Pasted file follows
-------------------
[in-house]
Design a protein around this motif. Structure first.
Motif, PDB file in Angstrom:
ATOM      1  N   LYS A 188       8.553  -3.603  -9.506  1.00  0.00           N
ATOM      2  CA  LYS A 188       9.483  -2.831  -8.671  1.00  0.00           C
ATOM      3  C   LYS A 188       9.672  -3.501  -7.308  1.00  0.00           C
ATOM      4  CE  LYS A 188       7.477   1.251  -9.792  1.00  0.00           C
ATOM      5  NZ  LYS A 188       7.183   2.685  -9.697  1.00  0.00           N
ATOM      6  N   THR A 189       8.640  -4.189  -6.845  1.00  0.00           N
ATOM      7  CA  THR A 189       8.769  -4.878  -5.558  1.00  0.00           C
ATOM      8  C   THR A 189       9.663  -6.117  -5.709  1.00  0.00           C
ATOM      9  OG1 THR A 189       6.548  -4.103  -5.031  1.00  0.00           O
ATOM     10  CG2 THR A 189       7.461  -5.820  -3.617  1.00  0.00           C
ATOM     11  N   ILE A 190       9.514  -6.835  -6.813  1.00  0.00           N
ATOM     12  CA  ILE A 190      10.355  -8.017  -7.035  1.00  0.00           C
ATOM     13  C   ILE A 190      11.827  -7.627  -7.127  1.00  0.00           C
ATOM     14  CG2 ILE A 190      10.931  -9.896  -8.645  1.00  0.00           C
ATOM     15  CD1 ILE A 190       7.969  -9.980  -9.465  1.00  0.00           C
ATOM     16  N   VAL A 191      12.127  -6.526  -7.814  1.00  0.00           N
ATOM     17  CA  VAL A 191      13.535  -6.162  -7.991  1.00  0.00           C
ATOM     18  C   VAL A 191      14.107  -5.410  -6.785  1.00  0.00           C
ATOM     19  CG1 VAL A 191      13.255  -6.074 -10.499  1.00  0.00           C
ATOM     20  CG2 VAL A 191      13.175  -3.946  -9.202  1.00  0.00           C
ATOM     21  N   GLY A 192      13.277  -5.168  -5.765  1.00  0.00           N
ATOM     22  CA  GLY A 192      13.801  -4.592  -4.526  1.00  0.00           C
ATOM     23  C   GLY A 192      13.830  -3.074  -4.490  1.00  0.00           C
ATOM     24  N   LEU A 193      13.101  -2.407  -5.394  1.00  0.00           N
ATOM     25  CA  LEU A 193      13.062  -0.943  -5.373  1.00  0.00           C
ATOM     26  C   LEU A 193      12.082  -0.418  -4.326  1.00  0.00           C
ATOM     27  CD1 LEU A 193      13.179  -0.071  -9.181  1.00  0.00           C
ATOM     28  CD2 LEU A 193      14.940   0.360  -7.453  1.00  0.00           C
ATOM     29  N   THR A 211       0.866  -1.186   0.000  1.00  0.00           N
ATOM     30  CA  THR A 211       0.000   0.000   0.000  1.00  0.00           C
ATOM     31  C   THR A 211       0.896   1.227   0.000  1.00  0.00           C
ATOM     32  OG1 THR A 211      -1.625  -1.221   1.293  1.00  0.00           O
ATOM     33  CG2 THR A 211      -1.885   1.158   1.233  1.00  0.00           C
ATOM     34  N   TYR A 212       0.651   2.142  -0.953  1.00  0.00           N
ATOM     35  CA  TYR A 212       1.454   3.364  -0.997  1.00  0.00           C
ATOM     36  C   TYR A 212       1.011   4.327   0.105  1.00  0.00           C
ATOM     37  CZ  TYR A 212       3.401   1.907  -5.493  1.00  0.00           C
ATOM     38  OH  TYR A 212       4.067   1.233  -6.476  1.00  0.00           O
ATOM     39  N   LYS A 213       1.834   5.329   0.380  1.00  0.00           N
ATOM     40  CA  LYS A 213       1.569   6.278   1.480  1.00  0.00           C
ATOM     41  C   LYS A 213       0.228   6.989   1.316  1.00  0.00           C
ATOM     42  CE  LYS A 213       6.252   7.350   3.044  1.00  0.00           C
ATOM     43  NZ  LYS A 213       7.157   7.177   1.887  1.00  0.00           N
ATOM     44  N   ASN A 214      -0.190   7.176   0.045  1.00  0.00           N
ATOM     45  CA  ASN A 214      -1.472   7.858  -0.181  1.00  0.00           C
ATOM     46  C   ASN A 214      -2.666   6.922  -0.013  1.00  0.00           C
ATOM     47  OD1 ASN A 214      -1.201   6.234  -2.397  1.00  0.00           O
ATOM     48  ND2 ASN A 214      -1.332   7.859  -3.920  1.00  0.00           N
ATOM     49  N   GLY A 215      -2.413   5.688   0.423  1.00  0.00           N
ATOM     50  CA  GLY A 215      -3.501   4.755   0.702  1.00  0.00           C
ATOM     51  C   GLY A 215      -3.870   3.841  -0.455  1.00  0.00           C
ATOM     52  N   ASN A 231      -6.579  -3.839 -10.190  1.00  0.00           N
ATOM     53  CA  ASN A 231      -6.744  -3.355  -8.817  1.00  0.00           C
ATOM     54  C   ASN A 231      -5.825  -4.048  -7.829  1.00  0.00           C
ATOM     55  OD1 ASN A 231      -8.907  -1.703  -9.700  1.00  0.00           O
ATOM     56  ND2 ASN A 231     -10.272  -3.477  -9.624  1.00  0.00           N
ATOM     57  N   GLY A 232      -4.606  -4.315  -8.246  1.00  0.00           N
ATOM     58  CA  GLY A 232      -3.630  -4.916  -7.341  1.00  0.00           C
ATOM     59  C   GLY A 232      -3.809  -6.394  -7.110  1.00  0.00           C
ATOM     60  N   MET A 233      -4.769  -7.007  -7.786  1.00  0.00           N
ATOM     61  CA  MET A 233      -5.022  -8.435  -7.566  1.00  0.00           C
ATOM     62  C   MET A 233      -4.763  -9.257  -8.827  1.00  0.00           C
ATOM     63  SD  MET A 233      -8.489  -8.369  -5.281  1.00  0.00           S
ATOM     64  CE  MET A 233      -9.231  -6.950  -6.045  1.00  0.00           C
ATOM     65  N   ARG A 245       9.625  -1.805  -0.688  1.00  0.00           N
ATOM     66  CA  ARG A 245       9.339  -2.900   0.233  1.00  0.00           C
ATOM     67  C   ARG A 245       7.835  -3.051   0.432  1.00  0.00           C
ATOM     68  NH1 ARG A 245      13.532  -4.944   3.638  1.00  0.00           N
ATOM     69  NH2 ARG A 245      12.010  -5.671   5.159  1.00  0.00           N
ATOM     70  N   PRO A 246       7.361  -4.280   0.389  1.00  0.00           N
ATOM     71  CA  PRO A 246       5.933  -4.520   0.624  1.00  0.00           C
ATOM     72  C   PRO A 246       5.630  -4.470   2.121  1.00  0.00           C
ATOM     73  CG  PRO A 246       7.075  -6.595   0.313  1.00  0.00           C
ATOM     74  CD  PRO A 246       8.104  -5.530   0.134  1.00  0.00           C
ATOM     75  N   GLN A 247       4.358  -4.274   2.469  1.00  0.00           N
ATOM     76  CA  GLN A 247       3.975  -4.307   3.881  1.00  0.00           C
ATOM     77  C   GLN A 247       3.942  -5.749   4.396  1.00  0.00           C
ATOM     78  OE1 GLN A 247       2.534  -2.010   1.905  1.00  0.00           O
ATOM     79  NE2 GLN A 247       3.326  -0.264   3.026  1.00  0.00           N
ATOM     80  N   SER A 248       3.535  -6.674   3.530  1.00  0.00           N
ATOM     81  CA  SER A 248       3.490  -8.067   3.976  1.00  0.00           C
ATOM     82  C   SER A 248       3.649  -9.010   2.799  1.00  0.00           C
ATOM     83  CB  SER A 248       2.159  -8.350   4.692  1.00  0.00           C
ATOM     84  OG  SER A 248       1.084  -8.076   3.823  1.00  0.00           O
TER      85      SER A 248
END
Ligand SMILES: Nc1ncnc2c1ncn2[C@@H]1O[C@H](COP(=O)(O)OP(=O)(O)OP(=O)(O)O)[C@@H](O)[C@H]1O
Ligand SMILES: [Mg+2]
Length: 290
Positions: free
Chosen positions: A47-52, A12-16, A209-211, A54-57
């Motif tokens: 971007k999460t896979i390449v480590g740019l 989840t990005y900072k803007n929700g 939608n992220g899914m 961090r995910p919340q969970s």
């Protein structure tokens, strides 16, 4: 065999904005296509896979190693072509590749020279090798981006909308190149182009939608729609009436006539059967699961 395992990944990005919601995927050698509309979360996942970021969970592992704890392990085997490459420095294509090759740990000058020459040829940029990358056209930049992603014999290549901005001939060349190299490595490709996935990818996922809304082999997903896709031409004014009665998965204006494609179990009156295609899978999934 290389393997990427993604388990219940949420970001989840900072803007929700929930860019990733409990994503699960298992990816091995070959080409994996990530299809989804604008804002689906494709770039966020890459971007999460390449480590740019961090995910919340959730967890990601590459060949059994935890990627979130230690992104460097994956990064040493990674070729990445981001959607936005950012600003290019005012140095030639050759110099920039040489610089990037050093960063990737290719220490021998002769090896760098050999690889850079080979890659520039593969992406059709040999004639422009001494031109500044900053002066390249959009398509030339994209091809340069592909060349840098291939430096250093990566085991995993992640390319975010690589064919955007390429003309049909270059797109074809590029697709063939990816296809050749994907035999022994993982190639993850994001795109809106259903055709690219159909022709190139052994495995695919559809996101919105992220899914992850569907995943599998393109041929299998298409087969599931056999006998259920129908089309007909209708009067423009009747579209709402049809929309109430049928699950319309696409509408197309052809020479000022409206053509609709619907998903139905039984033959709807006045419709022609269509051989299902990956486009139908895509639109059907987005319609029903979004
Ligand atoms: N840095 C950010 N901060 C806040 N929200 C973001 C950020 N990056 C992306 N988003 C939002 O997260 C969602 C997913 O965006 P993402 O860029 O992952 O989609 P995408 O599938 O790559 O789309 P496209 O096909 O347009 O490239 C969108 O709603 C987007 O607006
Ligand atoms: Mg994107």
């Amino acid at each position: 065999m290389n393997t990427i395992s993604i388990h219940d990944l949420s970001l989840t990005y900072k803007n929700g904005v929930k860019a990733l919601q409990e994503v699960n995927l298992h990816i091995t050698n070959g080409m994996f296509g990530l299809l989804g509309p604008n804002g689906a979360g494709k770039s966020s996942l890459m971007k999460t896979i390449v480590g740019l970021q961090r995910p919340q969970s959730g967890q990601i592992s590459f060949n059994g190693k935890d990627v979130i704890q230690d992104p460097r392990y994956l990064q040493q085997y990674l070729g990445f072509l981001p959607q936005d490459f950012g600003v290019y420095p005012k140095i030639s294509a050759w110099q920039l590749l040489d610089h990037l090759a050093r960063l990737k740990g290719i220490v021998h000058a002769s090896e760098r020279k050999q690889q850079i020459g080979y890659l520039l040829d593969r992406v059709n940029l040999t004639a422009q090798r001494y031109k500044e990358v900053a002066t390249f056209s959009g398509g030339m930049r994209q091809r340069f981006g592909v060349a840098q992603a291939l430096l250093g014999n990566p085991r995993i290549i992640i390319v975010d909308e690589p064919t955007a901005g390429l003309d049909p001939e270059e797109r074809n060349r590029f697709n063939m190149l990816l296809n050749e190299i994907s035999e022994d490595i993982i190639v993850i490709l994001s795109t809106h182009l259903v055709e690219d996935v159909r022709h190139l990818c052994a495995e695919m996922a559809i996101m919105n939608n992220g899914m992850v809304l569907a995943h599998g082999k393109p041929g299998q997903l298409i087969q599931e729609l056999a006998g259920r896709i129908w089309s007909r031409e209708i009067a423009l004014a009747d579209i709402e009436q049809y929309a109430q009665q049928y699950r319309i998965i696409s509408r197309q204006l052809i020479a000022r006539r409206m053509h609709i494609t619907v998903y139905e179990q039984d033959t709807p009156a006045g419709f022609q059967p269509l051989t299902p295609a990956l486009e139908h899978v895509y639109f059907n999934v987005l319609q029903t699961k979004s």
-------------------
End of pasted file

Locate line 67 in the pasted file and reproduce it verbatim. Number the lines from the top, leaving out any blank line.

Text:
ATOM     64  CE  MET A 233      -9.231  -6.950  -6.045  1.00  0.00           C